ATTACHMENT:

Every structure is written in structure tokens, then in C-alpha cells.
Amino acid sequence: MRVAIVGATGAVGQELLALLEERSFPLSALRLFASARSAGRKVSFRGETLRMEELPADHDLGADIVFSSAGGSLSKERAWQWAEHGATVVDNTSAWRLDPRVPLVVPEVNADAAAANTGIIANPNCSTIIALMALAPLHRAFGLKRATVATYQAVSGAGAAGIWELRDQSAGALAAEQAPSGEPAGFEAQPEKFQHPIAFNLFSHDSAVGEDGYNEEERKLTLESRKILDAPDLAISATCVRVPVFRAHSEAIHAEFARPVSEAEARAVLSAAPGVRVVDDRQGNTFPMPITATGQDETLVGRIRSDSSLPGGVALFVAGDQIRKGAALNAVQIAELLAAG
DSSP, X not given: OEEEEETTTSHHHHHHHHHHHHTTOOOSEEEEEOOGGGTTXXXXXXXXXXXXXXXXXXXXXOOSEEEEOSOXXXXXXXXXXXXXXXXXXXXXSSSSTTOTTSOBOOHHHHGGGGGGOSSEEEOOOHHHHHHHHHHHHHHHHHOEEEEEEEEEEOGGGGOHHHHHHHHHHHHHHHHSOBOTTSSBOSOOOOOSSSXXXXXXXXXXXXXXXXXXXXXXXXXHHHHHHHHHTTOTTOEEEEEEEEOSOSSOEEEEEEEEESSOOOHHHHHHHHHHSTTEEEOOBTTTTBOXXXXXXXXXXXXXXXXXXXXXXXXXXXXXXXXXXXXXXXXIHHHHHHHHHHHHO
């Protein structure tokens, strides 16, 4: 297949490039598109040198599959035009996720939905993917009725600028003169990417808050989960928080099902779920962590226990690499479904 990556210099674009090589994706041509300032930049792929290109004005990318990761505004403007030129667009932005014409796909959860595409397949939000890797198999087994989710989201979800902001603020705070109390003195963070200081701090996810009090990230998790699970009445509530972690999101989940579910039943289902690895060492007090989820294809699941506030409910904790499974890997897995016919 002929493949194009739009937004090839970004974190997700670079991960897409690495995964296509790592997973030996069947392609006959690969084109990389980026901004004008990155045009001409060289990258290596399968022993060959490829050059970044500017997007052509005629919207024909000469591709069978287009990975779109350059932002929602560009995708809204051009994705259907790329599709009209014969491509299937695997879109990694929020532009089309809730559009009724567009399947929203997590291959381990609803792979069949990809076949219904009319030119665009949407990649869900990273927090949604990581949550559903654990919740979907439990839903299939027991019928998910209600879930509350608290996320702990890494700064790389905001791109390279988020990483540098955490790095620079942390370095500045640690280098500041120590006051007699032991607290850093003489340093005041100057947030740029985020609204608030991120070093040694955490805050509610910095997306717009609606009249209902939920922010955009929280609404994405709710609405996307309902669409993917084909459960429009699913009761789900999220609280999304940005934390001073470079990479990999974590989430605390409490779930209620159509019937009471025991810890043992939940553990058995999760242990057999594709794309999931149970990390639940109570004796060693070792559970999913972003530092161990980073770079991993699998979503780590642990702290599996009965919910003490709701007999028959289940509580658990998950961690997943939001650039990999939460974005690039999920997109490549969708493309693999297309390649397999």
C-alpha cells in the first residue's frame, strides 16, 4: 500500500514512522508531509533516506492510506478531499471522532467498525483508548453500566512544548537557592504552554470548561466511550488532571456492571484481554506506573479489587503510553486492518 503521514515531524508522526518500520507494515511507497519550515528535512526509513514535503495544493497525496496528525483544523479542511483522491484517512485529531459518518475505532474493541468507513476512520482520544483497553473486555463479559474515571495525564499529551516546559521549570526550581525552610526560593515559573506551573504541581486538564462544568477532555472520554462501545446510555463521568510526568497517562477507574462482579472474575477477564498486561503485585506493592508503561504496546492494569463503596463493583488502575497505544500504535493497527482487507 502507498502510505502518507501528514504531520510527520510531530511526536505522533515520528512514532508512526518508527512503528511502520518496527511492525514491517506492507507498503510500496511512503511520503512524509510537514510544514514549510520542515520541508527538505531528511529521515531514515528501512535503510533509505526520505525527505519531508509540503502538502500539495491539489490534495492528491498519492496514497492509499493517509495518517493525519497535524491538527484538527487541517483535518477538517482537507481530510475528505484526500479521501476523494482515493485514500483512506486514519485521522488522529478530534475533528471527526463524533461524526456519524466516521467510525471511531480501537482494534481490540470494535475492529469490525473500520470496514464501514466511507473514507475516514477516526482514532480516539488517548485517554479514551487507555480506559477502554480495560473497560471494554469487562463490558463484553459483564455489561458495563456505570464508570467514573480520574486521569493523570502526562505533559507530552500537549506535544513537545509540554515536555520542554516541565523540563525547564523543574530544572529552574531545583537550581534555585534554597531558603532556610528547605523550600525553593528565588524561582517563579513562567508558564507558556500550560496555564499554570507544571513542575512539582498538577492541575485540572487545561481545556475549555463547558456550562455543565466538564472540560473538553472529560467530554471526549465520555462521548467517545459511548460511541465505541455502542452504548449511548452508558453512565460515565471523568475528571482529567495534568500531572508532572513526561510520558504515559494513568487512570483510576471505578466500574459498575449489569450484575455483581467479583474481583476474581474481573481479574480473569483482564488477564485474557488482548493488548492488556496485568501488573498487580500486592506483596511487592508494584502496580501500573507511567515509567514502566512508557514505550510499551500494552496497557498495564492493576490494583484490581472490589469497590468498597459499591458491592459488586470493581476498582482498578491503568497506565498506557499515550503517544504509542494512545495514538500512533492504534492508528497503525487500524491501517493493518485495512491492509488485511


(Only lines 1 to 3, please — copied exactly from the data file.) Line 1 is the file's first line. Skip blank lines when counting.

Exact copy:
Every structure is written in structure tokens, then in C-alpha cells.
Amino acid sequence: MRVAIVGATGAVGQELLALLEERSFPLSALRLFASARSAGRKVSFRGETLRMEELPADHDLGADIVFSSAGGSLSKERAWQWAEHGATVVDNTSAWRLDPRVPLVVPEVNADAAAANTGIIANPNCSTIIALMALAPLHRAFGLKRATVATYQAVSGAGAAGIWELRDQSAGALAAEQAPSGEPAGFEAQPEKFQHPIAFNLFSHDSAVGEDGYNEEERKLTLESRKILDAPDLAISATCVRVPVFRAHSEAIHAEFARPVSEAEARAVLSAAPGVRVVDDRQGNTFPMPITATGQDETLVGRIRSDSSLPGGVALFVAGDQIRKGAALNAVQIAELLAAG
DSSP, X not given: OEEEEETTTSHHHHHHHHHHHHTTOOOSEEEEEOOGGGTTXXXXXXXXXXXXXXXXXXXXXOOSEEEEOSOXXXXXXXXXXXXXXXXXXXXXSSSSTTOTTSOBOOHHHHGGGGGGOSSEEEOOOHHHHHHHHHHHHHHHHHOEEEEEEEEEEOGGGGOHHHHHHHHHHHHHHHHSOBOTTSSBOSOOOOOSSSXXXXXXXXXXXXXXXXXXXXXXXXXHHHHHHHHHTTOTTOEEEEEEEEOSOSSOEEEEEEEEESSOOOHHHHHHHHHHSTTEEEOOBTTTTBOXXXXXXXXXXXXXXXXXXXXXXXXXXXXXXXXXXXXXXXXIHHHHHHHHHHHHO